Why is that we humans have the gift of the gab while monkeys and apes, our closest cousins, can only manage gibberish? A widely held view is that their voice box is not sophisticated enough to articulate sounds the way we can. Darwin, however, suspected it had to do with their primitive cranium. A new study, published in Science Advances, that explored the phonic repertoire of a long-tailed macaque supports Darwin’s hunch. Evolutionary biologist William Tecumseh Sherman Fitch III from the University of Vienna and neuroscientist Asif Ghazanfar from Princeton University trained the monkey to do a wide variety of oral gymnastics—yawning, eating, wincing, screaming, et cetera, and made a video of it.
On careful analysis, they found to their surprise that there was nothing, at least in theory, in the anatomy of the macaque’s vocal apparatus that would come in the way of it talking like humans. So the only reason it cannot, they concluded, was that its brain is not hard-wired to make discrete sounds like vowels and consonants.
In other words, primates, and for that matter most animals, do not have language because they don’t have the mental corkscrew, so to speak, to open the bottle of language. Fitch says their findings also suggest that anthropologists should stop looking at fossil record for evidence of when our ancestors learned to speak, as all of them had the speech hardware. Instead, he argues, we should be trying to figure out when we acquired the genetic software necessary for activating the vocal machinery. Some linguists believe the study could even account for the slight differences among various languages with respect to qualities like timbre and cadence, as different voice boxes could potentially give rise to different tongues.
However, not everyone’s convinced about the study’s chief claim that primates cannot talk because they cannot think. For instance, in July this year, Durham University researchers trained, for the first time ever, an orangutan to mimic human speech.
This view is supported by primatologists such as Frans de Waal, a professor of psychology of Emory University. In his recent book Are We Smart Enough to Know How Smart Animals Are?, he argues: “Even though language assists human thinking by providing categories and concepts, it is not the stuff of thought. We don’t actually need language in order to think. With animals, the situation is similar.” American philosopher Jerry Fodor echoes Waal’s view: “The obvious (and I should have thought sufficient) refutation of the claim that natural languages are the medium of thought is that there are non-verbal organisms that think.”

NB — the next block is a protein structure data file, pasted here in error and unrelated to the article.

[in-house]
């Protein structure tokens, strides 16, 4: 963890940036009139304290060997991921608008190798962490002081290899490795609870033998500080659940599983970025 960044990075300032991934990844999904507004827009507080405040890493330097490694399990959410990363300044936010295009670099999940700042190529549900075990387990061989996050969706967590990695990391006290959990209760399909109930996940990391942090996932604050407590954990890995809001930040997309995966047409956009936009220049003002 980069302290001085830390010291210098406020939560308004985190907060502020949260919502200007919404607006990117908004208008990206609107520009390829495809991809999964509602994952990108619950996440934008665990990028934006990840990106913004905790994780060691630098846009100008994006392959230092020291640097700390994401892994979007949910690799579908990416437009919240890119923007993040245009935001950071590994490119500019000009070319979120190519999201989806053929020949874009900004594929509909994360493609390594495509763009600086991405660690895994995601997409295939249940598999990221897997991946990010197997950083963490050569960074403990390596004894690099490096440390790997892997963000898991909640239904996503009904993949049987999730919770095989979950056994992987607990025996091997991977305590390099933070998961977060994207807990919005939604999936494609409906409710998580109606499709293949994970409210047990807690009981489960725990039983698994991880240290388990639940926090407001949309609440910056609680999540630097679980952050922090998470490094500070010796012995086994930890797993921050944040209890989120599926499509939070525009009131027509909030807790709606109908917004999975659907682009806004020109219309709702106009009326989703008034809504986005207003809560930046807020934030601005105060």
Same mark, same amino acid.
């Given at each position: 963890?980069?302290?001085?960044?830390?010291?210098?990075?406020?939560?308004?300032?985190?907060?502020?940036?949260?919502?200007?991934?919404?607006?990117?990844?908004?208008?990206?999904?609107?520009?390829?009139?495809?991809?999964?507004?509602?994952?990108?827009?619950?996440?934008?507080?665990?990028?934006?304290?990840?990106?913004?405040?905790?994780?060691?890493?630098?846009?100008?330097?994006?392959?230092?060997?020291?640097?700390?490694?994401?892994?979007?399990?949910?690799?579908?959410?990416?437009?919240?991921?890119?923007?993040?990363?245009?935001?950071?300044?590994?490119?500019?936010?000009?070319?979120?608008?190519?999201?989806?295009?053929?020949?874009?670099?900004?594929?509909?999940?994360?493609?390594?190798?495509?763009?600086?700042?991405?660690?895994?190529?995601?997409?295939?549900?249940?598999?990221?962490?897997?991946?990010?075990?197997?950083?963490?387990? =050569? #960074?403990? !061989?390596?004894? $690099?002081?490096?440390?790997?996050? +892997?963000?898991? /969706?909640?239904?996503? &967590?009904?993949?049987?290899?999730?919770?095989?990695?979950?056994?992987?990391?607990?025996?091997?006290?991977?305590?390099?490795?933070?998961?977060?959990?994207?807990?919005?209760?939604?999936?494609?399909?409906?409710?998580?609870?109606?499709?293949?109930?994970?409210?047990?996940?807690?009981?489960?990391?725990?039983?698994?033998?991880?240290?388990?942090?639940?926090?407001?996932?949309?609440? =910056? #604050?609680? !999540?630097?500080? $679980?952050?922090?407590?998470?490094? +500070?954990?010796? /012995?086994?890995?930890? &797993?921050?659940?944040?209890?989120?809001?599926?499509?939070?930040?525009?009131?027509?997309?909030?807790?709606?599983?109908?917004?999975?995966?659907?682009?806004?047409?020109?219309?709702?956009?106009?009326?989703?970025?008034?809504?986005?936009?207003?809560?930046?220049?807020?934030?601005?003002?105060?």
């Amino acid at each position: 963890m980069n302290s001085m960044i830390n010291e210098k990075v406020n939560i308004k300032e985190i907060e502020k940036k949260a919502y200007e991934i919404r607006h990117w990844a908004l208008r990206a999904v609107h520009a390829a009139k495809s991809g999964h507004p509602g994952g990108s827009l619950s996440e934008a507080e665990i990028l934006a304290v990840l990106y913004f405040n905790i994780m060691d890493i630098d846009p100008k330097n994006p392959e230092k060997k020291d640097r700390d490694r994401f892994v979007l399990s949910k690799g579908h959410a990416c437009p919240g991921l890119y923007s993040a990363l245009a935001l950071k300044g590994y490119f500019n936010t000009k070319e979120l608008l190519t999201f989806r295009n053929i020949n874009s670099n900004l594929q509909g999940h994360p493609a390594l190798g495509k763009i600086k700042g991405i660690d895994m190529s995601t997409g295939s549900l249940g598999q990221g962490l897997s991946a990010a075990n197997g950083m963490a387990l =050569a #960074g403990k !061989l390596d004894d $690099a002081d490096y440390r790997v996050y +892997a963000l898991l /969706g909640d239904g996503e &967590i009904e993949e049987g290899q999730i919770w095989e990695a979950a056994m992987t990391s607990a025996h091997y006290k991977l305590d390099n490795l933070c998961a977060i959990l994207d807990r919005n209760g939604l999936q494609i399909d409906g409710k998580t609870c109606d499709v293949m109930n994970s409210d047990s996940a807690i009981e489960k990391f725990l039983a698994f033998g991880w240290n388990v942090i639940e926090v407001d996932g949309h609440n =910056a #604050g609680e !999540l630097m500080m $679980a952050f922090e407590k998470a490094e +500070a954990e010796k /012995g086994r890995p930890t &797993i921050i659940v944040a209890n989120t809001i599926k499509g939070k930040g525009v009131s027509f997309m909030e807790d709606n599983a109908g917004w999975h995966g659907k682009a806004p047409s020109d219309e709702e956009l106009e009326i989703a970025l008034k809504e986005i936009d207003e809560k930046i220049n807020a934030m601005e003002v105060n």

While conceding that we are the only species endowed with language, he goes on to describe many examples of non-verbal communication from the animal world, such as signaling of bees or the hand gestures of apes, and argues that the rudiments of what defines human—politics, culture, morality, and, in our case, language—are also present in other species.
This of course raises the even more intractable question of whether animals have consciousness. Just as Waal dismisses the link between language and cognition as a “red herring”, many biologists now believe it is time we took out the spanner of consciousness from the works of thinking, for we don’t even agree on what consciousness is. As the Oxford zoologist Antone Martinho, who successfully trained his ducklings to appreciate concepts of “same” and “different”, says, “If my ducklings do “think”, whatever that might mean, the best evidence for it is the fact that vertebrate brains are broadly more alike than they are different… It is only a muddling of the distinction between consciousness and cognition…that forces us to play down the intellectual prowess of our companion species. We would do well to break this habit.”
But while this would be sweet music for the ears of animal rights activists, the real challenge is to instill this new thinking in the popular imagination.
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